DNYUZ: A victory for Seif would certainly be a symbolic triumph for Arab autocrats, who share his loathing of the Arab Spring. It would also be welcomed at the Kremlin, which has bolstered strongmen across the Middle East and remains an important military player in Libya, with its own soldiers and about 2,000 mercenaries still on the ground. “The Russians think Seif could win,” a European diplomat with long experience in Libya told me. Seif appears to have other foreign backers; he was cagey with me on that front. Libya has been a proxy battleground in recent years for a number of foreign powers, including Egypt, Russia, Turkey and the United Arab Emirates. But it is hard to know how much influence they might have on an election. For the United States, which led the NATO campaign that helped oust Seif’s father, the revival of the Qaddafi dynasty would be an embarrassment at the very least.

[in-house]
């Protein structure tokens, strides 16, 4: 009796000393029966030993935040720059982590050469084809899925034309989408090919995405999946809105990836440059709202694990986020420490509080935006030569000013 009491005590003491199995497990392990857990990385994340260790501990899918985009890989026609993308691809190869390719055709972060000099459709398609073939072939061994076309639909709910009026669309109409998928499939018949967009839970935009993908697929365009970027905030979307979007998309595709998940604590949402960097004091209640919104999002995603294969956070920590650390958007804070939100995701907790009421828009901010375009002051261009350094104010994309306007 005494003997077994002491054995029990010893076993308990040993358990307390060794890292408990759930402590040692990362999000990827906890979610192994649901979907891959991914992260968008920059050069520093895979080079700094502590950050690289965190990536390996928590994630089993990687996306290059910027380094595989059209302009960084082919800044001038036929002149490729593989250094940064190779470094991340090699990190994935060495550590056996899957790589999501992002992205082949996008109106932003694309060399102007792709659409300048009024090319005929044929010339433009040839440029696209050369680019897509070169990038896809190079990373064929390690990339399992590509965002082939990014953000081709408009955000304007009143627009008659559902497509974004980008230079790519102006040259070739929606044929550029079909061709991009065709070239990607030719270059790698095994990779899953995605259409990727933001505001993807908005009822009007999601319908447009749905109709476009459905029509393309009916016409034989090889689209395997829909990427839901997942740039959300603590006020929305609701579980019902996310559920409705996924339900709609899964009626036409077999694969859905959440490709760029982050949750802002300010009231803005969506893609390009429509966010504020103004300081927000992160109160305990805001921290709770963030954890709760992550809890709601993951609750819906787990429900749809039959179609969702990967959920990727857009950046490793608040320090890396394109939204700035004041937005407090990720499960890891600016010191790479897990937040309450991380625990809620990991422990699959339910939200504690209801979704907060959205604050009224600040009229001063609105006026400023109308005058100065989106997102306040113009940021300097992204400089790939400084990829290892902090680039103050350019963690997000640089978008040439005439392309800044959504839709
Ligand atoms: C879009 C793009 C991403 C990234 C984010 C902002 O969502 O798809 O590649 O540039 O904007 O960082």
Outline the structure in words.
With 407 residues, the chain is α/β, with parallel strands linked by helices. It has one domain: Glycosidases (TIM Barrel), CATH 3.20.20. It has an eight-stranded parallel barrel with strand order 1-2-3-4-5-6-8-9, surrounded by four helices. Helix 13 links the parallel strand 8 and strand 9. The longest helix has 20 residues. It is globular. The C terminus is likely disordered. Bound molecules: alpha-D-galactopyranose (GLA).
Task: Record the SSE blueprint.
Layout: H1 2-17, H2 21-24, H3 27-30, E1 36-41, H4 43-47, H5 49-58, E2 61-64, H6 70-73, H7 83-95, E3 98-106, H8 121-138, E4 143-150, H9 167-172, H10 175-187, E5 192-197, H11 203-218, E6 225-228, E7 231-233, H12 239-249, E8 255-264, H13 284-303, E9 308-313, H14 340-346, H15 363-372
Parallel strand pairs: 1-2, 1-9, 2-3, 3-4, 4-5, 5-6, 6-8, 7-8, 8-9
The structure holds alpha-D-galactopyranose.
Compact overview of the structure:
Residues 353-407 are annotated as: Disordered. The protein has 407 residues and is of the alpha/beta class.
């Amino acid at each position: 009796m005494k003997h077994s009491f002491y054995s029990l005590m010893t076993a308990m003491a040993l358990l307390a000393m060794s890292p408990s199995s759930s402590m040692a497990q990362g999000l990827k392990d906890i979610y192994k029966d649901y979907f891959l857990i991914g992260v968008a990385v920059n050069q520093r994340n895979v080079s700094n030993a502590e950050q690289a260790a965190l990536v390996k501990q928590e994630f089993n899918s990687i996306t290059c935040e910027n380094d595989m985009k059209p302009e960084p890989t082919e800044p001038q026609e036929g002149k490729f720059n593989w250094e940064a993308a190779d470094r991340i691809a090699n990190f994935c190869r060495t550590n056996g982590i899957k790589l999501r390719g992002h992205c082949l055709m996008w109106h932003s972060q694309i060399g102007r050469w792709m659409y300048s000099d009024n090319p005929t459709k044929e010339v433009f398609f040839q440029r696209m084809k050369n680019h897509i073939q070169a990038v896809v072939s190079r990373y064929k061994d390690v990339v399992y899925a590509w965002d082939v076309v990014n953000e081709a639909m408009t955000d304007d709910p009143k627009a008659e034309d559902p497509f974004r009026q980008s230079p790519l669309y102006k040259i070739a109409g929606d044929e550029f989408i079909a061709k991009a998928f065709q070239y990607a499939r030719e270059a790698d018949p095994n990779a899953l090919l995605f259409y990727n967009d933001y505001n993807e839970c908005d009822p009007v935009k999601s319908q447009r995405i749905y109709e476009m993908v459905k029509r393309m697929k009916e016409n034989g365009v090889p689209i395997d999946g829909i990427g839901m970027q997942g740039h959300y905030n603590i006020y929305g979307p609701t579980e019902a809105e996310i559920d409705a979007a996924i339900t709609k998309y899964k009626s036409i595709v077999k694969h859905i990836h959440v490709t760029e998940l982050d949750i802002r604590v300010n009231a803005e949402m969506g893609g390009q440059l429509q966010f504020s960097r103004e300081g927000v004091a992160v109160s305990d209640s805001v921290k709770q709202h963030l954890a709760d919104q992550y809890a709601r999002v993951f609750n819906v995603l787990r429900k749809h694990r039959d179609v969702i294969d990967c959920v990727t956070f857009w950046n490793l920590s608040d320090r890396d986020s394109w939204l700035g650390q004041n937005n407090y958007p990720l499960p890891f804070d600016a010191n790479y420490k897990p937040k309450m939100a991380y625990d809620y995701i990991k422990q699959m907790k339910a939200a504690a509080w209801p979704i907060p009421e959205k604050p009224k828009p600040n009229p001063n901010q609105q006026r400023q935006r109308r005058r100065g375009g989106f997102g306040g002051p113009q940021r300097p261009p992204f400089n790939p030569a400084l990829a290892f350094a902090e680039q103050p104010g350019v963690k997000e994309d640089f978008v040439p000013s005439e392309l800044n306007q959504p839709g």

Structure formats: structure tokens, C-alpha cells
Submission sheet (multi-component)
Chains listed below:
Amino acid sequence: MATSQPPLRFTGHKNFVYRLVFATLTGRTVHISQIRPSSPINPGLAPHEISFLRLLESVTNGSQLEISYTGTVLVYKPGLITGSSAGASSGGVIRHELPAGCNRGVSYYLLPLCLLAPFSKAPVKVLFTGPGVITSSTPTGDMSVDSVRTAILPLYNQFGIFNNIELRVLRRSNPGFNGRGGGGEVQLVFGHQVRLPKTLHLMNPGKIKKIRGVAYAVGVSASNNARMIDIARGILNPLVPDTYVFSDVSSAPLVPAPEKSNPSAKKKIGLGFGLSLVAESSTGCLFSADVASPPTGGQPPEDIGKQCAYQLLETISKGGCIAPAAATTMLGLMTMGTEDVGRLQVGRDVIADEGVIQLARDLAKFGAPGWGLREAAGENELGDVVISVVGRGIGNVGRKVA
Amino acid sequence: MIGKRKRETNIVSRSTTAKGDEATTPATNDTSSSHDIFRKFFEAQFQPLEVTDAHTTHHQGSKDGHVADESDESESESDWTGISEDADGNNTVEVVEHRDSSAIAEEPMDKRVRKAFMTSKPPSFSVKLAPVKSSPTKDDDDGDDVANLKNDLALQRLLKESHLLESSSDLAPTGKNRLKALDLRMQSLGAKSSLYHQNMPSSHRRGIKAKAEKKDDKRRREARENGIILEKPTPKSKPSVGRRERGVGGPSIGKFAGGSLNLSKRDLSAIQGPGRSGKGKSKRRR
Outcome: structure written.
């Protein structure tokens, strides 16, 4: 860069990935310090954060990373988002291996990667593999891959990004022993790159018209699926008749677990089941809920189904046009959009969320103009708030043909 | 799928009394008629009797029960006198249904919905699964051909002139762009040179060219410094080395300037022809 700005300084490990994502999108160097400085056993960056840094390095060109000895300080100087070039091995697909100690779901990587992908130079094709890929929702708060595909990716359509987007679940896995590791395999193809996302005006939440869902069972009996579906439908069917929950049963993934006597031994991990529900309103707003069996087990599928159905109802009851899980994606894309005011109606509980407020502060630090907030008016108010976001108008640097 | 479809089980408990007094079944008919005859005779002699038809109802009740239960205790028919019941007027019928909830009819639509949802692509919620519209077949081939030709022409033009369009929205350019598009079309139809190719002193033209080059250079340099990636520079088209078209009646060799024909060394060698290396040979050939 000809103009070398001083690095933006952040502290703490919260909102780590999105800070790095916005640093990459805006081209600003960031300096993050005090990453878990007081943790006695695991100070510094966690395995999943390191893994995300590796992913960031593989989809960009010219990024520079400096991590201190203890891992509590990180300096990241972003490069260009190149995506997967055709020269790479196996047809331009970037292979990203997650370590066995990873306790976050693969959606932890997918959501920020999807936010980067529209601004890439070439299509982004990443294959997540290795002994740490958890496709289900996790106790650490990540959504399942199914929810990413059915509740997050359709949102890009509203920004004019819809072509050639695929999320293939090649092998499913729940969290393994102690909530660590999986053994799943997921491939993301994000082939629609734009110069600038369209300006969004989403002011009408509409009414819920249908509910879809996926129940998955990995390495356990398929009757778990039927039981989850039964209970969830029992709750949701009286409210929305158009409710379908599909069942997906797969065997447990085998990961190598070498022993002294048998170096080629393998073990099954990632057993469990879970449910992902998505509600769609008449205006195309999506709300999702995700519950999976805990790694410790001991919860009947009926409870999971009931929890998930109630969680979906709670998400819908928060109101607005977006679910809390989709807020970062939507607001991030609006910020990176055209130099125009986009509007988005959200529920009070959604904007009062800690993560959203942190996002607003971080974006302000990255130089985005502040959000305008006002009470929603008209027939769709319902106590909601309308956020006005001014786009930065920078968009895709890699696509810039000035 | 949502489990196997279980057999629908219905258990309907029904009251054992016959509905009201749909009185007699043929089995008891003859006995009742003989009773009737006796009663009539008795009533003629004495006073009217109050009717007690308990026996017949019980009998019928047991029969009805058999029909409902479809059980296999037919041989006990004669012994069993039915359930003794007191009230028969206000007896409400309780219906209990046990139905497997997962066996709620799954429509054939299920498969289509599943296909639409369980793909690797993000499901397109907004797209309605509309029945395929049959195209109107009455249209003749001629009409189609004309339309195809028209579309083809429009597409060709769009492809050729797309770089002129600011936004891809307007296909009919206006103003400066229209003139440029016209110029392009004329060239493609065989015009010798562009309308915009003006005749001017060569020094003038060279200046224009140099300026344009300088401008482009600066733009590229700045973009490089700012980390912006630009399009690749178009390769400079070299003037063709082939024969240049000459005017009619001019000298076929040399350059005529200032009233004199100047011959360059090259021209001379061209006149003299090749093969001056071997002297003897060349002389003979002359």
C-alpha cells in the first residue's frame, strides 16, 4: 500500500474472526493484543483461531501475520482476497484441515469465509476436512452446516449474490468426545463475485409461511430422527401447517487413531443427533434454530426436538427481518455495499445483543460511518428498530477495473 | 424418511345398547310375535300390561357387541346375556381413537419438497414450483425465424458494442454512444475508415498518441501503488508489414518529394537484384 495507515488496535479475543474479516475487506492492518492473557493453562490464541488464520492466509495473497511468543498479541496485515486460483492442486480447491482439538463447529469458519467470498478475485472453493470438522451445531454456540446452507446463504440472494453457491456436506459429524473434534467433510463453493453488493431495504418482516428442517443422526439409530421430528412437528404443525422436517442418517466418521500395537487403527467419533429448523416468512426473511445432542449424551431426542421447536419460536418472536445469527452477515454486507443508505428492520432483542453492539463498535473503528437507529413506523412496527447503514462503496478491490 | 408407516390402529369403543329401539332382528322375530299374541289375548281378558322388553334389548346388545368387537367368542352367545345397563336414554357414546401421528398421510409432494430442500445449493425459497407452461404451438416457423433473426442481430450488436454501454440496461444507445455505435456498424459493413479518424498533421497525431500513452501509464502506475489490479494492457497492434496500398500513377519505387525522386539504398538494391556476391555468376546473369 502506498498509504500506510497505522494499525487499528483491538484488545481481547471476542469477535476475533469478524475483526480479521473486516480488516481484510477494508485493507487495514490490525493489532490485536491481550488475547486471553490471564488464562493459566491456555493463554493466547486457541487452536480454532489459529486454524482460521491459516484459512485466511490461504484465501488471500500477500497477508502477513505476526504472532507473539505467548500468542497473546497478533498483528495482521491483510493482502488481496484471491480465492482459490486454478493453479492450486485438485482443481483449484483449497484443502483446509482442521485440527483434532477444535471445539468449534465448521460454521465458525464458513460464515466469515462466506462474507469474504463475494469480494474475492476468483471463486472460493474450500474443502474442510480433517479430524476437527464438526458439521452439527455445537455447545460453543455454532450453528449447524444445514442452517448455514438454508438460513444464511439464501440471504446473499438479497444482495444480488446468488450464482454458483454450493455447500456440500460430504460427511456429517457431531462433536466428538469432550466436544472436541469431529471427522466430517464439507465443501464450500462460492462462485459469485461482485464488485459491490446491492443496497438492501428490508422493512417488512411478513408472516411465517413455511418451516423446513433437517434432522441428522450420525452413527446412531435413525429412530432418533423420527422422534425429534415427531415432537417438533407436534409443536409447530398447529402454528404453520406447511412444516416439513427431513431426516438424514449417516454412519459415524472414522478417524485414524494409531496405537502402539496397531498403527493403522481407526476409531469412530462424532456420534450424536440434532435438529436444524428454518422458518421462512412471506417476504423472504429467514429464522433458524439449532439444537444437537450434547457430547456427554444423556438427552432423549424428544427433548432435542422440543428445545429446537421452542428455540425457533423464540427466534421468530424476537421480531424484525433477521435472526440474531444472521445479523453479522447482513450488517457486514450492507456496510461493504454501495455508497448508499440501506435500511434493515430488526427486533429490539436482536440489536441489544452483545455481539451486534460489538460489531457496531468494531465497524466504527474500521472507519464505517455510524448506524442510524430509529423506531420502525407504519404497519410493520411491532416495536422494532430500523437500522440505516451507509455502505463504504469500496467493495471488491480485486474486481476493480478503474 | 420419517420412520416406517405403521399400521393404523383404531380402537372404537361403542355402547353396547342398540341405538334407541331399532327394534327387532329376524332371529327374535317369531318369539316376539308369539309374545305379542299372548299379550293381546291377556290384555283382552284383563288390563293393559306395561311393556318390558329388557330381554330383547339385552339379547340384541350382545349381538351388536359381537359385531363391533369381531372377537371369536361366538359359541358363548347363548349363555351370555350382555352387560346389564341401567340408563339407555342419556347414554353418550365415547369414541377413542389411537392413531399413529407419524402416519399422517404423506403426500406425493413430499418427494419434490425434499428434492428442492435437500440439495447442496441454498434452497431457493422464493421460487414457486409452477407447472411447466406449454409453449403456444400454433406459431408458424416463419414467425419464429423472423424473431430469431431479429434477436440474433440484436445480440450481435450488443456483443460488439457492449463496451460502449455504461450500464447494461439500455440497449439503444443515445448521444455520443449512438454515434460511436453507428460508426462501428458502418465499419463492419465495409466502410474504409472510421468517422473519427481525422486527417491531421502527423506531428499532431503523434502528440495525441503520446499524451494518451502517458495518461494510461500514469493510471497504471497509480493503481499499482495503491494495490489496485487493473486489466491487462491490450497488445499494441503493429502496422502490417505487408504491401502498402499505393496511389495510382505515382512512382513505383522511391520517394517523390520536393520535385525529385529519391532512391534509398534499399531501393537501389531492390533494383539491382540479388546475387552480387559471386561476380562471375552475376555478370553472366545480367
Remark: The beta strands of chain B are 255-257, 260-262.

“Persia, Ethiopia, and Libya with them; all of them with shield and helmet” Ezekiel 38:5 KJV
Seif also faces a serious obstacle from abroad: He is wanted for crimes against humanity by the International Criminal Court, based on his role in the 2011 crackdown. He was tried in a separate proceeding in Tripoli in 2015, making appearances by video link from a cage in Zintan, and was convicted and sentenced to death by firing squad. (He is entitled to an appeal under Libyan law.) Seif told me he was confident that these legal issues could be negotiated away if a majority of the Libyan people choose him as their leader.
One of Seif ’s political advantages is his name. Another is the peculiar fact that Muammar el-Qaddafi’s son — the same man who promised “rivers of blood” in a 2011 speech — is now seen by many as the presidential candidate with the cleanest hands. Read More